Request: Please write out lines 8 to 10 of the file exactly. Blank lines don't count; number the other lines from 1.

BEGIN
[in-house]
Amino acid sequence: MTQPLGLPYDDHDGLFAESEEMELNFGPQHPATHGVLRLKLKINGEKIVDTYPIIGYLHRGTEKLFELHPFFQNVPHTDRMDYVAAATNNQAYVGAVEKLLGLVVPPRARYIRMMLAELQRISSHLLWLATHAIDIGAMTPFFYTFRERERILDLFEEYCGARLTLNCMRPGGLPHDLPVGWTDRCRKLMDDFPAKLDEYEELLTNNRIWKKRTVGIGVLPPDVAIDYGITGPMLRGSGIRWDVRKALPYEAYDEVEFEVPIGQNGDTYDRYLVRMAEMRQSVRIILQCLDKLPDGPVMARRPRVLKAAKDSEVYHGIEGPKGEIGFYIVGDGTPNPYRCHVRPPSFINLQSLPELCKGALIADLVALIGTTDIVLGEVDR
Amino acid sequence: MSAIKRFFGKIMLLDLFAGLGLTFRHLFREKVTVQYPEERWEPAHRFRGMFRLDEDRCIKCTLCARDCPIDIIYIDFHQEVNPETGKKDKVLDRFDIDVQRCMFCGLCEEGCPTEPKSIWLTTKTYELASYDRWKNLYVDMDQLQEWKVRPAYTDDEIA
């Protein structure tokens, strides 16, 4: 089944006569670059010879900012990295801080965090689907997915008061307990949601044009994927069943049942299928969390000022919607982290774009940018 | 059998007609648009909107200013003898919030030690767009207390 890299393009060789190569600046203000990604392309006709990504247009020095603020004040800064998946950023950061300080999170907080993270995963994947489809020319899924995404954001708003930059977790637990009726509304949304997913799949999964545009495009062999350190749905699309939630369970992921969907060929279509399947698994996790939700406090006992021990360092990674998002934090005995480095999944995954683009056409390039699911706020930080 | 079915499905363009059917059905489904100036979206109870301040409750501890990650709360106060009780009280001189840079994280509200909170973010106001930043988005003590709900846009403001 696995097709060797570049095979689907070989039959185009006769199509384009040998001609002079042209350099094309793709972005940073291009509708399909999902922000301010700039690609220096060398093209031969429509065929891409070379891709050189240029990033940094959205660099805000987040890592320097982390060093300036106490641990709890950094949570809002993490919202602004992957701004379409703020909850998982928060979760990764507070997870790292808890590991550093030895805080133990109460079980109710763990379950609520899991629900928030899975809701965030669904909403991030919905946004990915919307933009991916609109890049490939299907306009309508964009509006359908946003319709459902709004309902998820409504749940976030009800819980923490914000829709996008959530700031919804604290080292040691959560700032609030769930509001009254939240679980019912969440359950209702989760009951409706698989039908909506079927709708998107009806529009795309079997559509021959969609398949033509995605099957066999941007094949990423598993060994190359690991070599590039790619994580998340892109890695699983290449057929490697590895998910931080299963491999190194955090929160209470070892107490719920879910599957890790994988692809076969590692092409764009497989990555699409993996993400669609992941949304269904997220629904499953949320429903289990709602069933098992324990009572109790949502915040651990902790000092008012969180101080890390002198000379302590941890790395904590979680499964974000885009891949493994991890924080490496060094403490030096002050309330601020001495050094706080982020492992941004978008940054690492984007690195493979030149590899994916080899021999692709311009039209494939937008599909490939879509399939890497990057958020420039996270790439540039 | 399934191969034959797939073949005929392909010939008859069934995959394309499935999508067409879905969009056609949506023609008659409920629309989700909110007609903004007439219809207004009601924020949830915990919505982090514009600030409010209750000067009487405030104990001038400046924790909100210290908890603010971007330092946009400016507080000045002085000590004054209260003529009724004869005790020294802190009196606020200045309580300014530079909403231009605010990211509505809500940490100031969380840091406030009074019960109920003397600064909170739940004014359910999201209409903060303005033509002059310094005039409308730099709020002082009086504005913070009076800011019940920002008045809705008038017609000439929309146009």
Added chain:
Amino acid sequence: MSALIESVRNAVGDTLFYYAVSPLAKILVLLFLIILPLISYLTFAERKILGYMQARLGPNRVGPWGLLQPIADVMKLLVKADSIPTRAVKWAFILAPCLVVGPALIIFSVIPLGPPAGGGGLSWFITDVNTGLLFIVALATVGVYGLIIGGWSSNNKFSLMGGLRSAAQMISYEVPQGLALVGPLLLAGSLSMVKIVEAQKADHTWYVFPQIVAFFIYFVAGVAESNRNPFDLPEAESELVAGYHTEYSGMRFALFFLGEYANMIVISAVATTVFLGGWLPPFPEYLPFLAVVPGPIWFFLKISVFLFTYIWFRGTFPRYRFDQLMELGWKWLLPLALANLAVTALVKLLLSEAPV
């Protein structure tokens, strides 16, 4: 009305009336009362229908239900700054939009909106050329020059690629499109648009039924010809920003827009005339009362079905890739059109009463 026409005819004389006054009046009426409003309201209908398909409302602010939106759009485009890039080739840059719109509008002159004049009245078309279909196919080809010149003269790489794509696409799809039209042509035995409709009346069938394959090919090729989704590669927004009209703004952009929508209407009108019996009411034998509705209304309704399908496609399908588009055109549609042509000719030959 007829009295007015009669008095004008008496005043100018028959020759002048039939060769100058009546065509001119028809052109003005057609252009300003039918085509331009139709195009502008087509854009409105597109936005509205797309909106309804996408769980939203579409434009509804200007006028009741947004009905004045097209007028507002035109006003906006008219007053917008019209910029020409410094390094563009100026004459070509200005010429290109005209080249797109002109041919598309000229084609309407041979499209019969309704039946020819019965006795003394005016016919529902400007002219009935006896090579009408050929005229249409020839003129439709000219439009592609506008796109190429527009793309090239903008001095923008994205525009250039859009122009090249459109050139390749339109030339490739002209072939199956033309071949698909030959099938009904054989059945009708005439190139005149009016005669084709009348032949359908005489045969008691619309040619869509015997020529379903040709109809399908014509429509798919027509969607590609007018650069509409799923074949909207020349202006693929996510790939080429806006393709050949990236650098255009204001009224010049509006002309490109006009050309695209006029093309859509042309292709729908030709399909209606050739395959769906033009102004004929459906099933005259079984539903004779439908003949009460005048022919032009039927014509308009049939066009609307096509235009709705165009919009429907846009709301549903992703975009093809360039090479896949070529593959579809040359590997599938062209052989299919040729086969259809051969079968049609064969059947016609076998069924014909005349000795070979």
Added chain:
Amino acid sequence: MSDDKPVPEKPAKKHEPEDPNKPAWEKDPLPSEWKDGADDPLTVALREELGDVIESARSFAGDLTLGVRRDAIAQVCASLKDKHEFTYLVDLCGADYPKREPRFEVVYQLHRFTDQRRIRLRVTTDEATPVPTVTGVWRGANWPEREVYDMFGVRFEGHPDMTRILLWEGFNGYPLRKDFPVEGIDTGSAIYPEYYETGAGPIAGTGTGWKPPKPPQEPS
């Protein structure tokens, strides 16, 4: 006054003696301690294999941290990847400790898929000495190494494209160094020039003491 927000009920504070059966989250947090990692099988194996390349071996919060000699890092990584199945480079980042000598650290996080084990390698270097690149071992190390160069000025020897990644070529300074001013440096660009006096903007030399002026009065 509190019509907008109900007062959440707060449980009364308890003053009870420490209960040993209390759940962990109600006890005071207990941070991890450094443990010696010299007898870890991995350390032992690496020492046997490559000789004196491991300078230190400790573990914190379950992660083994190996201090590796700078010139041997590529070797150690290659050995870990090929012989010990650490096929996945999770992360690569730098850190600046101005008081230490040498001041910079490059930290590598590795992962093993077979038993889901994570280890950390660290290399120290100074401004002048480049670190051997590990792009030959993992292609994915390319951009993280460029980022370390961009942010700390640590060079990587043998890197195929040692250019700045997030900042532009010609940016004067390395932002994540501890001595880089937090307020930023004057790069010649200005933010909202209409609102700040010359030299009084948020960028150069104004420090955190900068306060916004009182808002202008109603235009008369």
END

Added chain:
Amino acid sequence: MSDDKPVPEKPAKKHEPEDPNKPAWEKDPLPSEWKDGADDPLTVALREELGDVIESARSFAGDLTLGVRRDAIAQVCASLKDKHEFTYLVDLCGADYPKREPRFEVVYQLHRFTDQRRIRLRVTTDEATPVPTVTGVWRGANWPEREVYDMFGVRFEGHPDMTRILLWEGFNGYPLRKDFPVEGIDTGSAIYPEYYETGAGPIAGTGTGWKPPKPPQEPS
């Protein structure tokens, strides 16, 4: 006054003696301690294999941290990847400790898929000495190494494209160094020039003491 927000009920504070059966989250947090990692099988194996390349071996919060000699890092990584199945480079980042000598650290996080084990390698270097690149071992190390160069000025020897990644070529300074001013440096660009006096903007030399002026009065 509190019509907008109900007062959440707060449980009364308890003053009870420490209960040993209390759940962990109600006890005071207990941070991890450094443990010696010299007898870890991995350390032992690496020492046997490559000789004196491991300078230190400790573990914190379950992660083994190996201090590796700078010139041997590529070797150690290659050995870990090929012989010990650490096929996945999770992360690569730098850190600046101005008081230490040498001041910079490059930290590598590795992962093993077979038993889901994570280890950390660290290399120290100074401004002048480049670190051997590990792009030959993992292609994915390319951009993280460029980022370390961009942010700390640590060079990587043998890197195929040692250019700045997030900042532009010609940016004067390395932002994540501890001595880089937090307020930023004057790069010649200005933010909202209409609102700040010359030299009084948020960028150069104004420090955190900068306060916004009182808002202008109603235009008369």